Global Torah: Episode 3 – Bringing God Down to Earth

Posted by Global Torah Contributors on June 13, 2016
Topics: Global Torah, Spiritual Practices, Spirituality, Social Justice

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Global Torah 3 Ruth Gan Kagen__OP

Where is the intersection between Jewish spiritual practice and social action? Is there a connection between serving God and serving humanity?

Global Torah is a five-part podcast series exploring the intersections of Jewish history, values and tradition with the practice and pursuit of global citizenship, social justice and international development.

Hosted by Shani Rosenbaum.

Guest bios:

Rabbi Ruth Gan Kagan, Pardes Institute of Jewish Studies, Nava Tehila

Rabbi Ruth Gan Kagan was born in Jerusalem. She grew up in a Zionist Orthodox family and is a descendant of a long line of Lithuanian rabbis on her mother’s side. She studied law at Hebrew University but decided not to work in the field – instead she immersed herself in Torah studies at the Hartman and Pardes Institutes in Jerusalem. Always a spiritual seeker, Ruth became involved in interfaith activities that led her to representing Judaism at various international forums as well as being amongst the first Israelis to travel and study in India and Nepal.

In the late 80s she married Dr. Michael Kagan, author of the Holistic Haggadah, and together they were part of the first wave of New Age activists in Israel. Ruth and Michael’s main interest became the renewal of Judaism and together they taught classes and workshops in Israel and around the world. In 2003 Ruth received semikha (rabbinic ordination) from Rabbi Zalman Schachter-Shalomi through the Aleph Rabbinical Seminary, of which she is now a member of the faculty. In 2006 she published, together with Rabbi Zalman, Jewish Renewal – Integrating Heart and World (Kirvat Elohim, Yediot Achronot), the first book in Hebrew describing the principles and practice of Jewish Renewal for Israeli readership.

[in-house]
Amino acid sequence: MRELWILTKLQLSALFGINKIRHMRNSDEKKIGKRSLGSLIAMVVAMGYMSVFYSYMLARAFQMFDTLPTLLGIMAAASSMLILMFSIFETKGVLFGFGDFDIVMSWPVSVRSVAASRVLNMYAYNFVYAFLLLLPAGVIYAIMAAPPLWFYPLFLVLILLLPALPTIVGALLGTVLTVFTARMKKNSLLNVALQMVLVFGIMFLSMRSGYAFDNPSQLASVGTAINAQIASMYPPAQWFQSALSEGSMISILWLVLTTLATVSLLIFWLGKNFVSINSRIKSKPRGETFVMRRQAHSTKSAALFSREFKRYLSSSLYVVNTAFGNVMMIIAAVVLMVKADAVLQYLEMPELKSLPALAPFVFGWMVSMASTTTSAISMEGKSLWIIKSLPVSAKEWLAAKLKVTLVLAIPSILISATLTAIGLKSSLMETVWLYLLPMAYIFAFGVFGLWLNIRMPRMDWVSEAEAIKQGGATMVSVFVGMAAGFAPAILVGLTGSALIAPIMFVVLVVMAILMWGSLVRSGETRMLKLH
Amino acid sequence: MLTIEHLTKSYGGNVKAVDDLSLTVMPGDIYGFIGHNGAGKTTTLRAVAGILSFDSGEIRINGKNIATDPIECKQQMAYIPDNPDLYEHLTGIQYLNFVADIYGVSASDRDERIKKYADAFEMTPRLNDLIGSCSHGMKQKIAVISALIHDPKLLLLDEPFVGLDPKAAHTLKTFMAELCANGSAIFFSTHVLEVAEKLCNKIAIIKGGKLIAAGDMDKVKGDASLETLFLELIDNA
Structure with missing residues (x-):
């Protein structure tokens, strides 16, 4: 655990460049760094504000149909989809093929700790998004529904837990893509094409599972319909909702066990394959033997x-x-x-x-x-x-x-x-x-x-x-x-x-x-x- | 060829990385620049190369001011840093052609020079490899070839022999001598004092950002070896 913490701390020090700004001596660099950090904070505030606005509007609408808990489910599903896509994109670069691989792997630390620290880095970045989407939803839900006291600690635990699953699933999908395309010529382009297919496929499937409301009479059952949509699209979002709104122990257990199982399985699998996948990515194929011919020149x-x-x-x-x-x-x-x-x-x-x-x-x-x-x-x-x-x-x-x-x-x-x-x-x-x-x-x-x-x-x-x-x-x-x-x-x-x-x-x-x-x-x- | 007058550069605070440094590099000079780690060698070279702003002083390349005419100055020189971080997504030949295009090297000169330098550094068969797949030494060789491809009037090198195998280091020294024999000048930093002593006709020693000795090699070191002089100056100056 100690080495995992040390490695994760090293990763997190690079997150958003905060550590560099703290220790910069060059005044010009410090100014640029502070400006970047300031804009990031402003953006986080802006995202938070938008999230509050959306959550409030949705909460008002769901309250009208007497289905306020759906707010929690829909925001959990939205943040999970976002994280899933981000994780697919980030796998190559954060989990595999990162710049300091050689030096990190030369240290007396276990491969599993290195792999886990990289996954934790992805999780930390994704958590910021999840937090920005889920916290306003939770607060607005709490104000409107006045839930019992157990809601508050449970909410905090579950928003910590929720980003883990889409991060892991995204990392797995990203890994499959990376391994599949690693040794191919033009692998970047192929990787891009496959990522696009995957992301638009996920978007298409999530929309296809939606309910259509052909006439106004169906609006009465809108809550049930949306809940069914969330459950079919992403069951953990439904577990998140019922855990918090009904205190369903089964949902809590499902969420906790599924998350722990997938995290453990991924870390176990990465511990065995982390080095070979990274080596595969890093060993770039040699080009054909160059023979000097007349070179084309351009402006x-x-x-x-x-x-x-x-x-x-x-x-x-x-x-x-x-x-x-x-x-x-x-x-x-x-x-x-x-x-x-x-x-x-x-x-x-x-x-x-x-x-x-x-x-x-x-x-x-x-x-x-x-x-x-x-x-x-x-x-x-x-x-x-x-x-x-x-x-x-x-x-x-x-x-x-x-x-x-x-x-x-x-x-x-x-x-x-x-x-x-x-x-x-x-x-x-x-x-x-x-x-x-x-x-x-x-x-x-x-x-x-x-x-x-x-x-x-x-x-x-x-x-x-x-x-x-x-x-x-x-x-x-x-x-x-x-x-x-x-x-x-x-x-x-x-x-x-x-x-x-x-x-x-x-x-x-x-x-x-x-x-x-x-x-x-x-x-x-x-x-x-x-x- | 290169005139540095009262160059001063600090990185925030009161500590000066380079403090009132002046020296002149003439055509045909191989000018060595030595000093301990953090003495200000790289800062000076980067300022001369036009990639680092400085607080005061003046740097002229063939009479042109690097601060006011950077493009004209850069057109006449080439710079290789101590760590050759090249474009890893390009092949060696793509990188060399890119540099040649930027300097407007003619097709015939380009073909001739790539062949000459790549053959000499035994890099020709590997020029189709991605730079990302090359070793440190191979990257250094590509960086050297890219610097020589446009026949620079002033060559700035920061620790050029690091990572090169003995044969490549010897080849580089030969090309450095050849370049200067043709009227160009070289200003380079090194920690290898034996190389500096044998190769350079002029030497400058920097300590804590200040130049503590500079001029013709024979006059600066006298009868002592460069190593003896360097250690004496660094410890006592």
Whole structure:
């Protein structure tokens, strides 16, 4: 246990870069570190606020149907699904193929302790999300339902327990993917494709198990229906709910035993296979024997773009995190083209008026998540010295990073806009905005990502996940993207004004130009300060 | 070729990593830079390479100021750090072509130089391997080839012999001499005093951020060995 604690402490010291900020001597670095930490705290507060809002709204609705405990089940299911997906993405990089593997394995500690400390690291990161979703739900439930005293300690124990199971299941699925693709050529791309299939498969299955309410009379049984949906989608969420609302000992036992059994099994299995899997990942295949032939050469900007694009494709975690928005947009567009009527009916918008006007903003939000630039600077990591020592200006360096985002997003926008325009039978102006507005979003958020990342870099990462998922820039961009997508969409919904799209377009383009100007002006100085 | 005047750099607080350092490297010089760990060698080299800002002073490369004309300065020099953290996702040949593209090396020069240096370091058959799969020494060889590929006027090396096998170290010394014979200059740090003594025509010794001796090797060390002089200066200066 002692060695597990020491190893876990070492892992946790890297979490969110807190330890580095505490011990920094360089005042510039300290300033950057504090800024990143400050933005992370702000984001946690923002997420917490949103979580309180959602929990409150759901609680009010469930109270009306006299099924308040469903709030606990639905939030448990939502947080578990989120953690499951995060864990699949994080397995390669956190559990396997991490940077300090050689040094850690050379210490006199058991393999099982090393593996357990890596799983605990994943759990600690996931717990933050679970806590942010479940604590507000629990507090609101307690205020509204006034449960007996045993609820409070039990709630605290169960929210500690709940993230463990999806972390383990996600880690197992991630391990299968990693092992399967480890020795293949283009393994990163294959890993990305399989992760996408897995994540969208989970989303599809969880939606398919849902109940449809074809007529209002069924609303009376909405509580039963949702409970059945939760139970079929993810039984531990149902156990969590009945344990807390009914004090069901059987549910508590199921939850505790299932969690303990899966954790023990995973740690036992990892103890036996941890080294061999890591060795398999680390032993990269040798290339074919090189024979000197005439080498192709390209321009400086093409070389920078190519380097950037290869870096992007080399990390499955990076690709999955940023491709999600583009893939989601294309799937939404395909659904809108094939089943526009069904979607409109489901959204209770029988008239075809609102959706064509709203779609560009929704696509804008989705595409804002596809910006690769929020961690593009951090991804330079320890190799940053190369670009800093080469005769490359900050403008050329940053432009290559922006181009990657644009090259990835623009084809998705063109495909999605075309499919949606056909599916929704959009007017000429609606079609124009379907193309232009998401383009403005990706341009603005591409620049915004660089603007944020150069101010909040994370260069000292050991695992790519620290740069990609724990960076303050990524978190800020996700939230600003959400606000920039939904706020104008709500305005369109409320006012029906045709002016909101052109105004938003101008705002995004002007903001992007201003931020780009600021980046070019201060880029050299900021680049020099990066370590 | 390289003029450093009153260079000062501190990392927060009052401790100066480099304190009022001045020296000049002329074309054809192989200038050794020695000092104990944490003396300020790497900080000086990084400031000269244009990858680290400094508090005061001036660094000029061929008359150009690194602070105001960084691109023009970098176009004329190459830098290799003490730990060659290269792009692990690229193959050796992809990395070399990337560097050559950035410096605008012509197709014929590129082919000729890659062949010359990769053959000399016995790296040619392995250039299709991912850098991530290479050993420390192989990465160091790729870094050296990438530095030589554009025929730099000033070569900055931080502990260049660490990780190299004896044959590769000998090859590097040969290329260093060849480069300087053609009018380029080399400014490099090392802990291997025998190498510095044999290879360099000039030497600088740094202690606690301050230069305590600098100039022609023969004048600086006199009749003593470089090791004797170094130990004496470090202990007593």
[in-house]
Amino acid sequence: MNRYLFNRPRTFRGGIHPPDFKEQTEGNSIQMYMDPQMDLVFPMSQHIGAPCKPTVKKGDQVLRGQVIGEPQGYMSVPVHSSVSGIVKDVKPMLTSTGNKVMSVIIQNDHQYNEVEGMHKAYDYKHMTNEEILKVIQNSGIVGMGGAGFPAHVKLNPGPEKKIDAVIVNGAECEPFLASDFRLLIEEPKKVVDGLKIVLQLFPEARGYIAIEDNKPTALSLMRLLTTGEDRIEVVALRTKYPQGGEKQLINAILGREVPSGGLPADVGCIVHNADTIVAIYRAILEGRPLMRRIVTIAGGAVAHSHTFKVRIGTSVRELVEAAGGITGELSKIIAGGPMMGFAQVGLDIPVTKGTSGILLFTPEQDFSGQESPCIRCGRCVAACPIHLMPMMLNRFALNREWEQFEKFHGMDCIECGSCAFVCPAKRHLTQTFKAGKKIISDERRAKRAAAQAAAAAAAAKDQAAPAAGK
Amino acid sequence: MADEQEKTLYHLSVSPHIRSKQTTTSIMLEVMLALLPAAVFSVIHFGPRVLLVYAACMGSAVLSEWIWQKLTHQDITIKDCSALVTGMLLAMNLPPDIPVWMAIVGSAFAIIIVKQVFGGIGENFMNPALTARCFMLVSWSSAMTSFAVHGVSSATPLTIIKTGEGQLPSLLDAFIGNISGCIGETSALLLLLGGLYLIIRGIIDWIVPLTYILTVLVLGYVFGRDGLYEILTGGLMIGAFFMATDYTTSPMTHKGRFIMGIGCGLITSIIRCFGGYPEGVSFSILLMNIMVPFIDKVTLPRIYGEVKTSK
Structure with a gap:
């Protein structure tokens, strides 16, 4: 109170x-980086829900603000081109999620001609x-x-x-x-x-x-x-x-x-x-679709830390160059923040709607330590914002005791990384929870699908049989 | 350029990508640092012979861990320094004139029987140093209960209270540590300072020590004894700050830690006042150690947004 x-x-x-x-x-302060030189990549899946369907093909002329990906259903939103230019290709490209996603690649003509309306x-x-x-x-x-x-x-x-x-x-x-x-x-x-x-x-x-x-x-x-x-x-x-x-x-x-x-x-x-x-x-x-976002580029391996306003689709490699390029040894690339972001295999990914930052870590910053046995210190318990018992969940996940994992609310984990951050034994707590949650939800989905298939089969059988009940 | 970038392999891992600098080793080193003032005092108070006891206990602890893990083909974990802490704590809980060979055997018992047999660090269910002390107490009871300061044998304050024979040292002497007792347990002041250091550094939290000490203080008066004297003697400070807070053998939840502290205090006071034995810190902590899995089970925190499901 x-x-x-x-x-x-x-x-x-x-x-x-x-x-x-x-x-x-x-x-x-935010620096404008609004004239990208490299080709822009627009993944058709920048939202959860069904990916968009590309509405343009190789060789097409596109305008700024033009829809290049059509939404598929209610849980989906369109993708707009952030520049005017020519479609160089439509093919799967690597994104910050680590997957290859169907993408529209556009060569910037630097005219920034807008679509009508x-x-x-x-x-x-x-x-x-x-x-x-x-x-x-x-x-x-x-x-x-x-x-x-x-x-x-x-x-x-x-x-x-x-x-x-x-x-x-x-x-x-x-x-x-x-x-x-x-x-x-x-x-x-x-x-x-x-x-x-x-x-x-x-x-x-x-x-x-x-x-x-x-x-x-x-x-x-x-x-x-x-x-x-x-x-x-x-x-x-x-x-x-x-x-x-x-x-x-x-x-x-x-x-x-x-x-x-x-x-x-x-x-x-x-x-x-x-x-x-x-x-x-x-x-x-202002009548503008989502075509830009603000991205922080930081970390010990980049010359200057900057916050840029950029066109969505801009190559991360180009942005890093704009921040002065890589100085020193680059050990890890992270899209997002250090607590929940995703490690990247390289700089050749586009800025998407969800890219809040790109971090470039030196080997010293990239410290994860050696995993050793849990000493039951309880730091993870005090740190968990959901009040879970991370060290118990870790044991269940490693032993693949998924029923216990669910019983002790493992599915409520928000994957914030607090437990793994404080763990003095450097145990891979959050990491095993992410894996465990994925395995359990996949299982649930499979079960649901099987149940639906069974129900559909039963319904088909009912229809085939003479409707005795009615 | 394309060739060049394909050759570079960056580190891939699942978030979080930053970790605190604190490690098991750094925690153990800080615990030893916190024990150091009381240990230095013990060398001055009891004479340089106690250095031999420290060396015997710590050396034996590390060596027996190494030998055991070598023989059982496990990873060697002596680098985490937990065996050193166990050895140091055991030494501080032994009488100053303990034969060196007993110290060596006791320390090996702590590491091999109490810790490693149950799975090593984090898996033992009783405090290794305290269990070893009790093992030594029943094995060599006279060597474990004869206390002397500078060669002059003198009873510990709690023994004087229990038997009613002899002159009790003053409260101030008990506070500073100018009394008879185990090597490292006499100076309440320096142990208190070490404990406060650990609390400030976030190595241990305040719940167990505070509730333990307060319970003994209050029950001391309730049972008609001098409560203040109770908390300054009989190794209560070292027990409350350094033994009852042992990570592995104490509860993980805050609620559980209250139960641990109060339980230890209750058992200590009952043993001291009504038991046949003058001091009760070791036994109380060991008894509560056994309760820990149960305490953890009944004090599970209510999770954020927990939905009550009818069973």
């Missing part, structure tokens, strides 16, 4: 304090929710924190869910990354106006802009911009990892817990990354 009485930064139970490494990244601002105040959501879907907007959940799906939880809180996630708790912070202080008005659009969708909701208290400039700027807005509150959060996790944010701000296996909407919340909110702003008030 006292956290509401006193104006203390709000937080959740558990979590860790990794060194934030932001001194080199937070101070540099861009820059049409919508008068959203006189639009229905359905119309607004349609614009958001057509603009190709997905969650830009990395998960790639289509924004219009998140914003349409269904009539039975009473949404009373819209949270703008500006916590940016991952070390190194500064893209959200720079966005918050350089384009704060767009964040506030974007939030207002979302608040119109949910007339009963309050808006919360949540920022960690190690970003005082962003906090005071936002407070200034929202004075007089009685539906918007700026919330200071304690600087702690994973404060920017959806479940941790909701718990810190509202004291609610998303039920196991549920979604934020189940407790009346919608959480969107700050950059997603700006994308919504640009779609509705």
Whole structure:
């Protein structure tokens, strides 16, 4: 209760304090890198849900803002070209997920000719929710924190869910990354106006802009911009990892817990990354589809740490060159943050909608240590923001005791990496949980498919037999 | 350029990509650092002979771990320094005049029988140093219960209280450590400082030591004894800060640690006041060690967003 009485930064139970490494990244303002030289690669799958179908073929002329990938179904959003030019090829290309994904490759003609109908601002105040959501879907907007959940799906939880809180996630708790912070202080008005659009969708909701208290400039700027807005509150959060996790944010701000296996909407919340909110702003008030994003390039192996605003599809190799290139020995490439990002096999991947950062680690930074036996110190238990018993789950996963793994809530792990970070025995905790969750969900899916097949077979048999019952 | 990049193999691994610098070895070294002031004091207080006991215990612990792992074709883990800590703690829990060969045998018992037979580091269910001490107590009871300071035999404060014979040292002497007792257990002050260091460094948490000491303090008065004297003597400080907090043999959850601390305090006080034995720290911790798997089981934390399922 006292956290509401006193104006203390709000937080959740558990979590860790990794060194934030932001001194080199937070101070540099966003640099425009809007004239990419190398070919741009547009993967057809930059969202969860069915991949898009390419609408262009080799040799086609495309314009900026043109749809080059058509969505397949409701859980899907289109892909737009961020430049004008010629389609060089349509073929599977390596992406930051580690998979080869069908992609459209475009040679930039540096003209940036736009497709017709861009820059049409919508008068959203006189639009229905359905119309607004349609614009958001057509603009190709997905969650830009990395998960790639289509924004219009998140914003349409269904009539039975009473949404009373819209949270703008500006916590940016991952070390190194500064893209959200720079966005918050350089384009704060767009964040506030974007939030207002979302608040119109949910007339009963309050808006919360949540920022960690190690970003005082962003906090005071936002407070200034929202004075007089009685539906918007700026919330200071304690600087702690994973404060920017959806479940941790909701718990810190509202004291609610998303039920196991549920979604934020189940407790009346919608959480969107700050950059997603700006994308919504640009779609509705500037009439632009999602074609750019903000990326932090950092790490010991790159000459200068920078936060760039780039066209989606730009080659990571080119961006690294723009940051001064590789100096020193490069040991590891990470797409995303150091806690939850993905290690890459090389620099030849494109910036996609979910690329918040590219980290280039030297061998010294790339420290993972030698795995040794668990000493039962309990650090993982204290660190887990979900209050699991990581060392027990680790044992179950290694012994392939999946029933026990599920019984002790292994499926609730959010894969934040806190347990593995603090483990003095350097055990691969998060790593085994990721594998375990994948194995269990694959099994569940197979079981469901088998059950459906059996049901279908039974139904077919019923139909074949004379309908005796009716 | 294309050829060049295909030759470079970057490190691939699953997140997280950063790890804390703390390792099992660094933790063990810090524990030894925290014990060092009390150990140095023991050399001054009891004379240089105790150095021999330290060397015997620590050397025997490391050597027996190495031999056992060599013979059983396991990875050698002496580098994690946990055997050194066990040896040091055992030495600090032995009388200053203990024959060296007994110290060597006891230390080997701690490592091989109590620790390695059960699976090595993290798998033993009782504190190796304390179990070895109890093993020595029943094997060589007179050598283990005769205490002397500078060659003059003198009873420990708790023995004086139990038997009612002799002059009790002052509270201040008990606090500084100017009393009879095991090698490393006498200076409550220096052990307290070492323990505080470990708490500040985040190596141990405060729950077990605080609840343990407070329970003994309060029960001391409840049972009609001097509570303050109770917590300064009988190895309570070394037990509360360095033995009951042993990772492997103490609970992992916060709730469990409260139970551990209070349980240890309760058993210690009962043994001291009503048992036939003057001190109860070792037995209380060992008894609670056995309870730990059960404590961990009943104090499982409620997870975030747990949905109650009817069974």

Rabbi Ruth teaches classes and workshops in Jewish spirituality in Israel and around the world. She is the founder of congregation Nava Tehila in Jerusalem.

Rabbi Micha Odenheimer, Tevel b’Tzedeck

Rabbi Micha was born in Berkeley, California. He received his B.A. from Yale University, Cum Laude, in 1980. In 1984, Micha received his semikha (rabbinic ordination) and was a student and close friend of Rabbi Shlomo Carlebach. In 1988 Micha immigrated to Israel and ever since has been working in social activism in Israeli society, and has lectured and written extensively on Judaism and social justice. A prolific journalist, Rabbi Micha has reported on poverty, globalization and human rights from around the world, and written for the Washington Post, The Guardian, The London Times, The Jerusalem Report and Ha’aretz. In 1998, the Joint Distribution Committee granted Micha the Boris Smolar Prize, based on his work covering Ethiopian Jewry. Micha also founded the Israeli Association for Ethiopian Jewry, which was, and remains to this day, one of the most instrumental and valued organizations dealing with the absorption of Ethiopian immigration to Israel. Micha is the founder and director of Tevel B’tzedek, an Israeli NGO created in 2007 and focused on Tikun Olam (“healing the world”) in communities in Burudni and Nepal through Jewish and Israeli leadership and innovation. Rabbi Micha received the 2011 Klegg Prize from Hebrew University.

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